The Internet is considered by many to be superior to the best and biggest libraries in the county. This superiority exists primarily due to the thousands of organizations, companies and individuals publishing on the Internet. With such ease of publishing and the wide variety of publishers, there is almost no subject left off the Internet. The Internet's ability to deliver this vast amount of information has drawn even more users. Not having to wait for a book, newspaper, or magazine publisher to review and send an author's manuscript to a printing press to be bound or printed eliminates the time it would normally take to publish something. Instead of reading a medical breakthrough in next month's journal, it can be published on the Internet instantly. A breaking news event can be published almost immediately after the event occurs. People don't have to wait until the morning paper to read about an event. This part of the Internet alone has helped make the Internet a technological breakthrough.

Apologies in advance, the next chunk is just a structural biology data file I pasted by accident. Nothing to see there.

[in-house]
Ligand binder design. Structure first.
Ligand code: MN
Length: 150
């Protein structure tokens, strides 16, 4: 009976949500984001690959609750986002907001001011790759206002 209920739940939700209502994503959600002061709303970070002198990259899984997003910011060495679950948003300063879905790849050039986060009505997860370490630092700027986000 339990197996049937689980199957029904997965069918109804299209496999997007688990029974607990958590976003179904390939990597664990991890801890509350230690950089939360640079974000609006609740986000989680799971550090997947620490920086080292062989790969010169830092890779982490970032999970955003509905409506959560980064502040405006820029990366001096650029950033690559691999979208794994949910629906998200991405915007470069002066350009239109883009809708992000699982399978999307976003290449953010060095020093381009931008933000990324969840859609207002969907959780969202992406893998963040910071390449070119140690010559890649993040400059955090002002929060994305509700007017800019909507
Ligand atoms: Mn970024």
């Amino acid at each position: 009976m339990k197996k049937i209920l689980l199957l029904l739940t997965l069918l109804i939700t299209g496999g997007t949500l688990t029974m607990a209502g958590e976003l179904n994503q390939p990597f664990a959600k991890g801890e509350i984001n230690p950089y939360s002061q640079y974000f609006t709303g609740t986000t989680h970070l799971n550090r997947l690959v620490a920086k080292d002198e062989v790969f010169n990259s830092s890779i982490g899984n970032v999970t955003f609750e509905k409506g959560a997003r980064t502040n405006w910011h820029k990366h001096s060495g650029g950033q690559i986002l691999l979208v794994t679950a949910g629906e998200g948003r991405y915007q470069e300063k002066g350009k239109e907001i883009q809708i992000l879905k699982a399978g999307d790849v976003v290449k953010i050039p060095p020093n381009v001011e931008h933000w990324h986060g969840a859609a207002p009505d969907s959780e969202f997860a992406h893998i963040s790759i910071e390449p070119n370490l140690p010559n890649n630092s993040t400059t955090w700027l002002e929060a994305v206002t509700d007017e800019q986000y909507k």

Even finding not so current information can be a breeze using the Internet. Driving to a library and searching for possibly hours just to find some specific information is a task many of us have experienced. With the Internet you can sit in the convenience of your home and search (surf) to find information faster than going to a library.
Theoretically, the information on the Internet can travel at the speed of light (186,000 miles/sec.). Realistically, we know that this speed is nearly impossible due mainly to the large number of people using the Internet, and the limitation of the phone system. However the Internet's speed is much faster than traditional means of gathering news and reporting information.
Communication is a huge benefit of the Internet. Many people use the Internet to simple send messages and nothing else. Whether it is by news groups, chat rooms, or the most popular method E-mail, communicating over the Internet has developed vast appeal and usage. Billions of people around the globe use E-mail to communicate every day. They all place great value on the convenience of sending and receiving E-mail. E-mail can be sent and retrieved by its recipient almost instantly. The message never has to be printed or physically mailed to get to its destination. Furthermore, the cost is considerably less than a postage stamp and is delivered a lot faster.